Baricitinib, a drug typically used to treat arthritis, will now be available to seriously ill Covid patients in NHS hospitals.
The roll out comes after data from the RECOVERY trial showed that baricitinib reduced the mortality rate of severely ill Covid patients by 13% compared to other treatment options.
Arthritis drugs have been used to treat more than 30,000 Covid patients
The drug is one of three repurposed arthritis drugs, with baricitinib joining tocilizumab and sarilumab. In total, the NHS estimate that the drugs have treated more than 32,000 patients hospitalised with Covid.
Typically, the drugs are used to reduce pain and inflammation, and work by blocking signals to the immune system that are causing it to attack the body.
Patients will be given a daily dose of baricitinib for 10 days, or until they are discharged from hospital, depending on which comes first.
The drug is the seventh Covid treatment option approved for use on the NHS, and will be used to treat hospitalised patients in line with MHRA guidance.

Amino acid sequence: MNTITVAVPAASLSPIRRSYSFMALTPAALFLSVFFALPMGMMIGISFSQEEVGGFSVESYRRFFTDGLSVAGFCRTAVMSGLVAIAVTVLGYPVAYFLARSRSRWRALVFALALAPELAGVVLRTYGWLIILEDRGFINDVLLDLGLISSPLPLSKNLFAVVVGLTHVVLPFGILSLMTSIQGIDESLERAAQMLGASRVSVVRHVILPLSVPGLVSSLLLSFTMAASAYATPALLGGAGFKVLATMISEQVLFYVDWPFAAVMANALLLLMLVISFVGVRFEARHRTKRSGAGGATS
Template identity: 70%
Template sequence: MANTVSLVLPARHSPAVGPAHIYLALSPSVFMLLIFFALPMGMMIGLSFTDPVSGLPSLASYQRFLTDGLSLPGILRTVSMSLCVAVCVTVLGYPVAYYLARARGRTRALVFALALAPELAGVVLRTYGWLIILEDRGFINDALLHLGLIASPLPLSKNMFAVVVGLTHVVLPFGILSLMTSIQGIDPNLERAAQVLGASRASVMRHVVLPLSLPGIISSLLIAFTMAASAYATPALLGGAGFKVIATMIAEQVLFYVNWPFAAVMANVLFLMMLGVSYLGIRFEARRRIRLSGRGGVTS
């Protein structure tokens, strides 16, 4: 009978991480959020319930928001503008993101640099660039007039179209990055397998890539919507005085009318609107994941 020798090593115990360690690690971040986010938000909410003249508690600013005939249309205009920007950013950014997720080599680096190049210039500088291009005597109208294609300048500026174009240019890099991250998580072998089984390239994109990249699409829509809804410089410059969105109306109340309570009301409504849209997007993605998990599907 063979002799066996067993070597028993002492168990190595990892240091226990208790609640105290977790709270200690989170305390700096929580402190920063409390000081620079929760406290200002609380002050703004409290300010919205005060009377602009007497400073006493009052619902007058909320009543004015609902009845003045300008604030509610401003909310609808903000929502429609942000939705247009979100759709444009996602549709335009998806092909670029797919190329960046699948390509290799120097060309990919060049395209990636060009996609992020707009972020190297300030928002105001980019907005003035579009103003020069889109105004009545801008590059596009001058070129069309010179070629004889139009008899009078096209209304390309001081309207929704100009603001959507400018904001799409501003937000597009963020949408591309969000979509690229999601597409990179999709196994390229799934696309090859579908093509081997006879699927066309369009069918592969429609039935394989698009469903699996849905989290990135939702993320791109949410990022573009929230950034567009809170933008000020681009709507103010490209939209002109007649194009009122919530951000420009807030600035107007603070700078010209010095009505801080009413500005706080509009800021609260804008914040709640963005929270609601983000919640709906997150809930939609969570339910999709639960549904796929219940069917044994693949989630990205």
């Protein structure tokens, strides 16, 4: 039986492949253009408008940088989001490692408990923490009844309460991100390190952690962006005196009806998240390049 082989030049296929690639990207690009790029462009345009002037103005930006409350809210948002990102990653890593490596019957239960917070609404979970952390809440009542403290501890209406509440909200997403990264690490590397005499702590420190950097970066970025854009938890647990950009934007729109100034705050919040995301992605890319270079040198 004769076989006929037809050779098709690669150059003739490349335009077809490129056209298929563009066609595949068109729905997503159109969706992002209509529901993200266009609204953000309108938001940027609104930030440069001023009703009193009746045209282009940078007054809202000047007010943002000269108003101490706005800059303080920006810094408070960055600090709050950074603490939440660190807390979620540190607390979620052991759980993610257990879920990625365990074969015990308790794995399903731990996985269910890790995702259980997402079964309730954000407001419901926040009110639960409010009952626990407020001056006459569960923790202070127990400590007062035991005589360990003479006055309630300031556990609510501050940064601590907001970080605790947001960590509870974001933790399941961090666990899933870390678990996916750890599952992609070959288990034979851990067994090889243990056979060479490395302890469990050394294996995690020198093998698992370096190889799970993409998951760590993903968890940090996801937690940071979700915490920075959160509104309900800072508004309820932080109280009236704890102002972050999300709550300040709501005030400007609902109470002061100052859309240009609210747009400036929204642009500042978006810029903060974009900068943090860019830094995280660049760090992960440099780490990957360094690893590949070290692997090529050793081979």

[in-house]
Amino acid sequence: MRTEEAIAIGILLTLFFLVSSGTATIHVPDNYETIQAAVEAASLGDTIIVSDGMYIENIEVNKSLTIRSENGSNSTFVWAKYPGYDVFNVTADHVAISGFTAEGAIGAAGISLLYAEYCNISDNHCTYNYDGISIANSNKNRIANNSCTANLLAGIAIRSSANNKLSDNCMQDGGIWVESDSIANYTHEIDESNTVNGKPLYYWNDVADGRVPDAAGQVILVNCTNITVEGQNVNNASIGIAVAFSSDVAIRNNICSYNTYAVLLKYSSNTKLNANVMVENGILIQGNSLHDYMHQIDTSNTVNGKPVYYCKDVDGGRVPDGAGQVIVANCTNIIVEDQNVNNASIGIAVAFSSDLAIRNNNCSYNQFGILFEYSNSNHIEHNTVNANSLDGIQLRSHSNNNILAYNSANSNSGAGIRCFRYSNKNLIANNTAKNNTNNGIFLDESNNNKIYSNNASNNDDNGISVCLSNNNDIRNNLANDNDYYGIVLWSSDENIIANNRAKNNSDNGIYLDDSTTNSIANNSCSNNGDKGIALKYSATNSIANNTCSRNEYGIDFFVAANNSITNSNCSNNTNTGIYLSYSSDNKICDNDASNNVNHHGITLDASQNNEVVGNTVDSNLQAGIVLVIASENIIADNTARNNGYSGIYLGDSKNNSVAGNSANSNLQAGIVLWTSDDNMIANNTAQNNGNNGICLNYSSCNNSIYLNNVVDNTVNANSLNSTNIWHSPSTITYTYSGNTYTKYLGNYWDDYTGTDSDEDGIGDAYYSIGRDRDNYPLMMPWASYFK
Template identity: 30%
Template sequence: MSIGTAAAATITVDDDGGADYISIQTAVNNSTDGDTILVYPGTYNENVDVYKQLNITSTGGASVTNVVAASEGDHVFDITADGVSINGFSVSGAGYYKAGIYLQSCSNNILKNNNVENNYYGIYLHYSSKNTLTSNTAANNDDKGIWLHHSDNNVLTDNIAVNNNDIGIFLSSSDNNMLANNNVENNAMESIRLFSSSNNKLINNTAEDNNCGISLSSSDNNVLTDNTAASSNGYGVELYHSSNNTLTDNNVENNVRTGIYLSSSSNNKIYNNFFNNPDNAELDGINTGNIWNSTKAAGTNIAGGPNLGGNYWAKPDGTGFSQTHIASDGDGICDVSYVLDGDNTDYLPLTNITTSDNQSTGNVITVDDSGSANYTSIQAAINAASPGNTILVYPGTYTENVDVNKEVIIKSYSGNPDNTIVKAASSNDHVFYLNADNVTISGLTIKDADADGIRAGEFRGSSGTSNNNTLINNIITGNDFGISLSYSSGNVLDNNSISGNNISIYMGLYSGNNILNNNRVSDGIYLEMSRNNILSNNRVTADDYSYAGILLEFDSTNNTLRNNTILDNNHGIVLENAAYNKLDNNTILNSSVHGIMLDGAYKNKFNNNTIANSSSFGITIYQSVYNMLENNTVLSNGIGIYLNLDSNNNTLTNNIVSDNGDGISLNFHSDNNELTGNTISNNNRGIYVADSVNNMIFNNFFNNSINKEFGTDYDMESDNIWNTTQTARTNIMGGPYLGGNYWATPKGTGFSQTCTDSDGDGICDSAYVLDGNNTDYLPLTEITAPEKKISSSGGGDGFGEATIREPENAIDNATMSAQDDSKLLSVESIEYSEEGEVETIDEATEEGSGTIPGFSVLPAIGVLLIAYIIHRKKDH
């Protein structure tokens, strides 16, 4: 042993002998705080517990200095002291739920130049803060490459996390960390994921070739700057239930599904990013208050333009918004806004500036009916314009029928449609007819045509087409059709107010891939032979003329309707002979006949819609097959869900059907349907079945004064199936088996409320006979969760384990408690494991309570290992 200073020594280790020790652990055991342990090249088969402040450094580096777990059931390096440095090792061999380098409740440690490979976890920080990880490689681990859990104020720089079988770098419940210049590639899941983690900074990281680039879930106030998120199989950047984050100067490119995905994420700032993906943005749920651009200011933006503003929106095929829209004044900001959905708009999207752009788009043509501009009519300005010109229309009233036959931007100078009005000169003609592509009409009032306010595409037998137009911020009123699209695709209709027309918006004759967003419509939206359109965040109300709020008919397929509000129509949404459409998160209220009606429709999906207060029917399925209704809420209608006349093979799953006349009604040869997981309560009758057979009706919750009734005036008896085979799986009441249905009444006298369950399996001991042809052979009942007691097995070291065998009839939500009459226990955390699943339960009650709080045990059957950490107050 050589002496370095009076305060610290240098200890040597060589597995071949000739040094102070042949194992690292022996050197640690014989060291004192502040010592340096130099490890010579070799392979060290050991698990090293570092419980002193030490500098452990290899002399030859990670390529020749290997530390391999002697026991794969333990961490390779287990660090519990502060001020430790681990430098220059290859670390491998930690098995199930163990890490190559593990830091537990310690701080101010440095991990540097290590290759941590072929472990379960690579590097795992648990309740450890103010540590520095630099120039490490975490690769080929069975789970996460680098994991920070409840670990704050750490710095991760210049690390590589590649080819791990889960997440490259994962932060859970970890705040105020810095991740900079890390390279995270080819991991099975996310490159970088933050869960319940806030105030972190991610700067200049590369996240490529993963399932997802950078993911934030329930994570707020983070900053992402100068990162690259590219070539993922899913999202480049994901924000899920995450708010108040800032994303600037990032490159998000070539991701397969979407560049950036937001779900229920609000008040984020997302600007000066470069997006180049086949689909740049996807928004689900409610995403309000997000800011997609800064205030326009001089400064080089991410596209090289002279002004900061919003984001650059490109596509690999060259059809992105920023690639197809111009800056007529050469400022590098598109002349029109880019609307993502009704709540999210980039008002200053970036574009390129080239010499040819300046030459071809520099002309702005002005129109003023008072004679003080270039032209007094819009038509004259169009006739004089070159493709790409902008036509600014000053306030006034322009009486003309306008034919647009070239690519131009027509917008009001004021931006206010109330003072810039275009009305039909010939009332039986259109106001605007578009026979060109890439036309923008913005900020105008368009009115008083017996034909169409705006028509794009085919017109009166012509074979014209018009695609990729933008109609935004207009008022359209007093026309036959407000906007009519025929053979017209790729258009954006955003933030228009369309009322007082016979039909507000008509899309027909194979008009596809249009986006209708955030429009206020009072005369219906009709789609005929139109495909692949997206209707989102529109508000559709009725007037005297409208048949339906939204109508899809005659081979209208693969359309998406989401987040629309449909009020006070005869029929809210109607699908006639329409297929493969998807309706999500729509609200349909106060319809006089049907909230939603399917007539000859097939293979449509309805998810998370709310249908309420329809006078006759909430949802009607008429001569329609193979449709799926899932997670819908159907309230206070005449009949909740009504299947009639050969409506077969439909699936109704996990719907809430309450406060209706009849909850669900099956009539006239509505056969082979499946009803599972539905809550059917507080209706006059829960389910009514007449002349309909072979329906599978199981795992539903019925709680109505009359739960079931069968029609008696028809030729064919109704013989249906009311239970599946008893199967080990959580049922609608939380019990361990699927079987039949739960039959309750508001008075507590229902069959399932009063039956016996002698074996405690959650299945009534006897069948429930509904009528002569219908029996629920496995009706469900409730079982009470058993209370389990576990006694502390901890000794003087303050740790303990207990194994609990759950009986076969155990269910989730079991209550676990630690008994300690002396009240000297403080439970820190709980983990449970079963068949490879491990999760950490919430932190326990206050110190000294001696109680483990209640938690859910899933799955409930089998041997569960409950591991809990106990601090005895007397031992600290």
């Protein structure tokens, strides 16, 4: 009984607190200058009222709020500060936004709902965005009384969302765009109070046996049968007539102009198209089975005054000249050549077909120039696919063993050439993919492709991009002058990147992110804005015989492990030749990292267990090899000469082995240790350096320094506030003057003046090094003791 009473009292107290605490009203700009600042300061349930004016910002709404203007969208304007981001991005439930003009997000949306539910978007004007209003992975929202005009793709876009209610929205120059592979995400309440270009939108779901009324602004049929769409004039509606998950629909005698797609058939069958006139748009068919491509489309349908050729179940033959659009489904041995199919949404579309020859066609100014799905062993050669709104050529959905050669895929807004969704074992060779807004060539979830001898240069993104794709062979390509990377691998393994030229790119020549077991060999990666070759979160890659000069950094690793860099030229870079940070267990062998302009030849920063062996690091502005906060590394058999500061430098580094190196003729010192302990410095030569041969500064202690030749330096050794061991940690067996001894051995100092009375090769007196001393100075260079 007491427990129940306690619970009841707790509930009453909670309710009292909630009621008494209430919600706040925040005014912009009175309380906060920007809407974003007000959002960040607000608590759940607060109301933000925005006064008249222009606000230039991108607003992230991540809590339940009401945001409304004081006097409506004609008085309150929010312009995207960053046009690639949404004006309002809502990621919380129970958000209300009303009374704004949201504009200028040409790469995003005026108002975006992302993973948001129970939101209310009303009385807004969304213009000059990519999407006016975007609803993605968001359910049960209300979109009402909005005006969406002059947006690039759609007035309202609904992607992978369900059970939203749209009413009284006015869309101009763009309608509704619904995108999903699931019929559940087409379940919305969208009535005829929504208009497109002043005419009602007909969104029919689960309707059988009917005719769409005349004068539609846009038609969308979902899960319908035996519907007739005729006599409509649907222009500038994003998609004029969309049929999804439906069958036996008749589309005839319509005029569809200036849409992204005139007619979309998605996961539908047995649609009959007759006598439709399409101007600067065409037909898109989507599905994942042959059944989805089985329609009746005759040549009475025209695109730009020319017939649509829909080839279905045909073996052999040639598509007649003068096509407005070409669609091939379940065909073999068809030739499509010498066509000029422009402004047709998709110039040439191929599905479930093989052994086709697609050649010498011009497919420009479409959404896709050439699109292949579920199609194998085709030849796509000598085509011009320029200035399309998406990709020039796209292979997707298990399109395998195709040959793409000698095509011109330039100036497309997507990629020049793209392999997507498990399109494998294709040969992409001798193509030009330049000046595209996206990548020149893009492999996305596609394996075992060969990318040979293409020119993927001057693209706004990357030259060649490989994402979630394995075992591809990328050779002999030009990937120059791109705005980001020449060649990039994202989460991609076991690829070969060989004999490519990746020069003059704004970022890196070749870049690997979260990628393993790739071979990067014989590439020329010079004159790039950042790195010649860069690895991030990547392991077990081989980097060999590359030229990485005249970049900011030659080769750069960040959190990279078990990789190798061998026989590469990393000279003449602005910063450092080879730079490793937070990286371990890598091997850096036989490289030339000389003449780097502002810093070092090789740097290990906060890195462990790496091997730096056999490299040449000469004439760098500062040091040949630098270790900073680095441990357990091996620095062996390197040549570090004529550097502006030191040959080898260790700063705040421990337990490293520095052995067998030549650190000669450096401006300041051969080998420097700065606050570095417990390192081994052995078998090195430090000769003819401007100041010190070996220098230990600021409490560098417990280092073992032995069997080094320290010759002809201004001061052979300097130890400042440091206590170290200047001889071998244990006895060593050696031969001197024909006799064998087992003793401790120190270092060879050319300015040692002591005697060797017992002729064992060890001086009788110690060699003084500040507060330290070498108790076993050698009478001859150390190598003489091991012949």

Another “life-saving treatment option” that “strengthens our defence against Covid-19”
NHS Medical Director Professor Steve Powis said: “The more effective Covid treatments within the NHS arsenal, the more options doctors have to help patients who become seriously ill with Covid, preventing hospital admissions and saving lives.
“This is the fourth drug that has been fast-tracked for use on the NHS thanks to the world-leading RECOVERY trial and is just as important because it gives our hard-working clinicians another life-saving treatment option and strengthens our defence against Covid-19.
“Finding ways to beat Covid has showcased the very best of the NHS’s power to find creative and innovative ways to care for patients and implement new treatments, which includes in this case successfully repurposing an existing drug to treat a deadly virus”.
“Vital” that randomised trials continue so that new treatment options are identified
Sir Martin Landray, Professor of Medicine and Epidemiology at Oxford Population Health, and Joint Chief Investigator for RECOVERY, said the team is “delighted” that another treatment option has been identified for patients hospitalised with Covid.
He added that it is “vital” randomised trials continue so that new treatment options are identified, as while the vaccines are effective, Covid is still associated with poor outcomes.